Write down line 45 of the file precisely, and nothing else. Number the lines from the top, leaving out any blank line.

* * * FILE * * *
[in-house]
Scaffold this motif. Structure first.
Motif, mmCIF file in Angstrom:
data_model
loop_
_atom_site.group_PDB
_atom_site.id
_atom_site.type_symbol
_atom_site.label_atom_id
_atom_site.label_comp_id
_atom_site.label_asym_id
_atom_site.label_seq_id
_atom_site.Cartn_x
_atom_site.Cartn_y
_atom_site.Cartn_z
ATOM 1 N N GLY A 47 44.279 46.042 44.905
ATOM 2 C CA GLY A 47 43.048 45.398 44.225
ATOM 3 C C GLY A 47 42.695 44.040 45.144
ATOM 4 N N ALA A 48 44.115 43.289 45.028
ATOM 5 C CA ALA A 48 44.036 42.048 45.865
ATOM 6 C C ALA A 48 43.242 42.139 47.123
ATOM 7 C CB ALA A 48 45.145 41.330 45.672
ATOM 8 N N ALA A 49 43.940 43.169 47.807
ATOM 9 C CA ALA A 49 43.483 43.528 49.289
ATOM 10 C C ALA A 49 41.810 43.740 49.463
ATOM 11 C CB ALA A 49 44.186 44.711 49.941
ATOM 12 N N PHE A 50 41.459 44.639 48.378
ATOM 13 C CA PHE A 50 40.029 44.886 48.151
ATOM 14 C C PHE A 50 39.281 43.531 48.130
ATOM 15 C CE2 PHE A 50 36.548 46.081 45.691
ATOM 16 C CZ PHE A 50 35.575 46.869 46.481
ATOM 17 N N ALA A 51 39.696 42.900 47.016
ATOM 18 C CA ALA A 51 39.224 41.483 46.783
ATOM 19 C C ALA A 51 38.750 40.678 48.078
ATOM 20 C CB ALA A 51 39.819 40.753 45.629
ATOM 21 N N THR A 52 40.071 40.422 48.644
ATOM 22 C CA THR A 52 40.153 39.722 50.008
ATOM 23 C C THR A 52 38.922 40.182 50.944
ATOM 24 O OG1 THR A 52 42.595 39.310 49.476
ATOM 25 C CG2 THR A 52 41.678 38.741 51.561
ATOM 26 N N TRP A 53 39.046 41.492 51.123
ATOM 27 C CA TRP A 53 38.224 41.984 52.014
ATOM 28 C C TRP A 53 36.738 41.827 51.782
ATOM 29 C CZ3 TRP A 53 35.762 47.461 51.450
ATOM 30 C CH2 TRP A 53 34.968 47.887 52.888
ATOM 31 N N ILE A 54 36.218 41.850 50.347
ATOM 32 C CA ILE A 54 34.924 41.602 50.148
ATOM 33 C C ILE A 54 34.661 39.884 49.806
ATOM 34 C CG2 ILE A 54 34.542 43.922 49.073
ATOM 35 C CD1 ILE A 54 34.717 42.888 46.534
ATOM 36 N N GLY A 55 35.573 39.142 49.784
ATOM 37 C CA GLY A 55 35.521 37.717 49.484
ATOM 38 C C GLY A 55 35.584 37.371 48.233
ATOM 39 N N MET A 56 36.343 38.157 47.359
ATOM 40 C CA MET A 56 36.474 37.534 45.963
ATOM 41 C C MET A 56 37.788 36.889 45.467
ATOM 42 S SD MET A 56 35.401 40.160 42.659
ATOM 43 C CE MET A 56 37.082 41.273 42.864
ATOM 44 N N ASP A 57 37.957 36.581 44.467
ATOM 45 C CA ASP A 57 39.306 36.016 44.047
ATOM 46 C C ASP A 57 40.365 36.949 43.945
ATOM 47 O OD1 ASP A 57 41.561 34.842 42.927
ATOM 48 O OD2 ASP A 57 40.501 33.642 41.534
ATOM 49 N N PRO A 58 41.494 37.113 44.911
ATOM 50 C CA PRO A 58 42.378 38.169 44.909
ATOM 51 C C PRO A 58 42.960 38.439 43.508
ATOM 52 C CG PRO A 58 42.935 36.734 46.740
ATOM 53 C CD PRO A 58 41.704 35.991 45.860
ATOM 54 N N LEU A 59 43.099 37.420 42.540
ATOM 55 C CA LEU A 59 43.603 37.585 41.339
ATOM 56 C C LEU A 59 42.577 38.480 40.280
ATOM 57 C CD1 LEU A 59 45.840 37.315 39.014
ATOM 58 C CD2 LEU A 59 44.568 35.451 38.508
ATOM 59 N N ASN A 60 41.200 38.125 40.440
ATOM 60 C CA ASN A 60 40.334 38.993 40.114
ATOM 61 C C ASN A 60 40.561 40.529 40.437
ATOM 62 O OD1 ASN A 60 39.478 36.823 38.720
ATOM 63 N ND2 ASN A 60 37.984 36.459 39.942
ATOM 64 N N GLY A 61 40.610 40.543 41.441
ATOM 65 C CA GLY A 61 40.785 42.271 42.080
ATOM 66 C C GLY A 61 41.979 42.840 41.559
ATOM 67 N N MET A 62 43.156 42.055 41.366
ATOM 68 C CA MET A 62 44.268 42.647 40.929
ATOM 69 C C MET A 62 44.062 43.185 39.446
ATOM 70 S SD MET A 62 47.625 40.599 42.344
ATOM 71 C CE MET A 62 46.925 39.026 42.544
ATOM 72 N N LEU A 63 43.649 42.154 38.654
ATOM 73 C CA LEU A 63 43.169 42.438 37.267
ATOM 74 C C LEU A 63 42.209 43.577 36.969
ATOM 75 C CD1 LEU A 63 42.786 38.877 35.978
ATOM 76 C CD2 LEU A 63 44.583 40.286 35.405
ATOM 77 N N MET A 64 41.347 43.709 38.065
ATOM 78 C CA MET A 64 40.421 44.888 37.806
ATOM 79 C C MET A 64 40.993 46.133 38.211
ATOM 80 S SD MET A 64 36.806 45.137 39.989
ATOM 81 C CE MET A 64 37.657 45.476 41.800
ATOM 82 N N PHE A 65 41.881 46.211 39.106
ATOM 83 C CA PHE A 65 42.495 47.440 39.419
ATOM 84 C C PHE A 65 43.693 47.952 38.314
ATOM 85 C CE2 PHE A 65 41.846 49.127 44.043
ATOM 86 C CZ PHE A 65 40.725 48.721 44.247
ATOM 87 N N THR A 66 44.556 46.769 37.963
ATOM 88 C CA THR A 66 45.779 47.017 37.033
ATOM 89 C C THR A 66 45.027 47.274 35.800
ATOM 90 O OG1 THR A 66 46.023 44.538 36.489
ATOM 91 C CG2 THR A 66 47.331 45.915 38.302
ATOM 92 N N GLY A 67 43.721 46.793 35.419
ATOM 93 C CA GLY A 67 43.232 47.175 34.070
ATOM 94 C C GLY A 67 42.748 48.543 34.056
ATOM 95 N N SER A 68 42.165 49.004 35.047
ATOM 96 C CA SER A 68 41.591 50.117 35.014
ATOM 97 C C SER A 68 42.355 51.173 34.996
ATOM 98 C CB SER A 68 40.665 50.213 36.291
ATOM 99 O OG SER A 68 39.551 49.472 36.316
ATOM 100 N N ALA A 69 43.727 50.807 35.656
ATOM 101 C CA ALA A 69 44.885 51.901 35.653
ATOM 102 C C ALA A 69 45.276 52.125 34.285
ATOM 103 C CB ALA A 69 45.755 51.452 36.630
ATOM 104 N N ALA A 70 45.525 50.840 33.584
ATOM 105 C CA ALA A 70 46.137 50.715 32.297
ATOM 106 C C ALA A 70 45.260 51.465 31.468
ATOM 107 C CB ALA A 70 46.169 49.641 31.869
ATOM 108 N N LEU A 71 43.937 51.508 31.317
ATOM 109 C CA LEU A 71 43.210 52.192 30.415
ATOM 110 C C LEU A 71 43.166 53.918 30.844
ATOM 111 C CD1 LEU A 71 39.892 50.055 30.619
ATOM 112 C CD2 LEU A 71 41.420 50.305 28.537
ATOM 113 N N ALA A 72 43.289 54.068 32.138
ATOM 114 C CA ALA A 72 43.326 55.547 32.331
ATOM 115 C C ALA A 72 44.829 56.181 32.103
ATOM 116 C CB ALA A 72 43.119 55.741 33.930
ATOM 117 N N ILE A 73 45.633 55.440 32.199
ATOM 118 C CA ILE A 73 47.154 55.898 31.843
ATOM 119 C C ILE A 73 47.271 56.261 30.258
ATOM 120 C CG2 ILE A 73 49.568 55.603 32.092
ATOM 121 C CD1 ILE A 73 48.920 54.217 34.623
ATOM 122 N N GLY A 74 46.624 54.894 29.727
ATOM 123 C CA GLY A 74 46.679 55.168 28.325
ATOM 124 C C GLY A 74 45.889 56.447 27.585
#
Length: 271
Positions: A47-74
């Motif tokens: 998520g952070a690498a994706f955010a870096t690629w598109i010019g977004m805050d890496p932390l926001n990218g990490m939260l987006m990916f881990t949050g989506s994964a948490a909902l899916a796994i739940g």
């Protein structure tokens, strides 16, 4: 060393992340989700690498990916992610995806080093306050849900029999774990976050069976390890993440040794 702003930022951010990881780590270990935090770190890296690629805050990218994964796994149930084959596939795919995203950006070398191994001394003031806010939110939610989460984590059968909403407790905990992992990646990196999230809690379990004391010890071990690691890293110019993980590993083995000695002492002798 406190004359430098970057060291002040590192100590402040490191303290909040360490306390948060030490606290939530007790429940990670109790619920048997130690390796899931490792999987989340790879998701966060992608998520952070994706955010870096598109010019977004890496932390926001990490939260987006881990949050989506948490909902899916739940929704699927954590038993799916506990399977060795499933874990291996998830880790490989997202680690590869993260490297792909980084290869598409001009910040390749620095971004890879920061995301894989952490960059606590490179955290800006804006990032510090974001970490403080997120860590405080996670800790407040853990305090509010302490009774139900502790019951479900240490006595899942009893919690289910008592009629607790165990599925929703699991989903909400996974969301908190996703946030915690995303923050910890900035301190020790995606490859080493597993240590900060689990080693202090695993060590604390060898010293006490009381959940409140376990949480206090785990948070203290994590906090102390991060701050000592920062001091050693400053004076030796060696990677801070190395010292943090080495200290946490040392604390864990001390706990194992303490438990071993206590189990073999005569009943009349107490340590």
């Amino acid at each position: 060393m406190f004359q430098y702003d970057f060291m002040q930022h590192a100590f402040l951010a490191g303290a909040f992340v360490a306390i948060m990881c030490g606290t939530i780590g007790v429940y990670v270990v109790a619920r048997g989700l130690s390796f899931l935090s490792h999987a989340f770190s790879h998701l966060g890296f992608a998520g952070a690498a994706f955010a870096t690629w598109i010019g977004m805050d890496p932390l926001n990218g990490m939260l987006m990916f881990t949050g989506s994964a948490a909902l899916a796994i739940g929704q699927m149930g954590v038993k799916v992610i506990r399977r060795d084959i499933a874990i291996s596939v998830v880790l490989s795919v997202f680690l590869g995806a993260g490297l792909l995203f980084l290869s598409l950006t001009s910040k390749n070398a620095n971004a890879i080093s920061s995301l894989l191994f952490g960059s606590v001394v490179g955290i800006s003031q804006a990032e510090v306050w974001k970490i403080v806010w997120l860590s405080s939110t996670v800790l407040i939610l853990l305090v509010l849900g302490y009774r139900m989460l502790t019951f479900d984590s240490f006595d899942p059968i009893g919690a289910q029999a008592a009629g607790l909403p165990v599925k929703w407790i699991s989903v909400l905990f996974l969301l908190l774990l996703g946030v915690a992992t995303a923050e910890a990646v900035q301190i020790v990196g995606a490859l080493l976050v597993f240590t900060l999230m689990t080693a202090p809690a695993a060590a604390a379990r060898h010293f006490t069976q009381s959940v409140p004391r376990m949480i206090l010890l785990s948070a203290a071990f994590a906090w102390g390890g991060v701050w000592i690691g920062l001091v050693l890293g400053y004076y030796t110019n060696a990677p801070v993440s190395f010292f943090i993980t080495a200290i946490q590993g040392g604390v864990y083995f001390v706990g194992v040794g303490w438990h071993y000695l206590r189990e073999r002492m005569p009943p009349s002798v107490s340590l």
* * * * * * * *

ATOM 30 C CH2 TRP A 53 34.968 47.887 52.888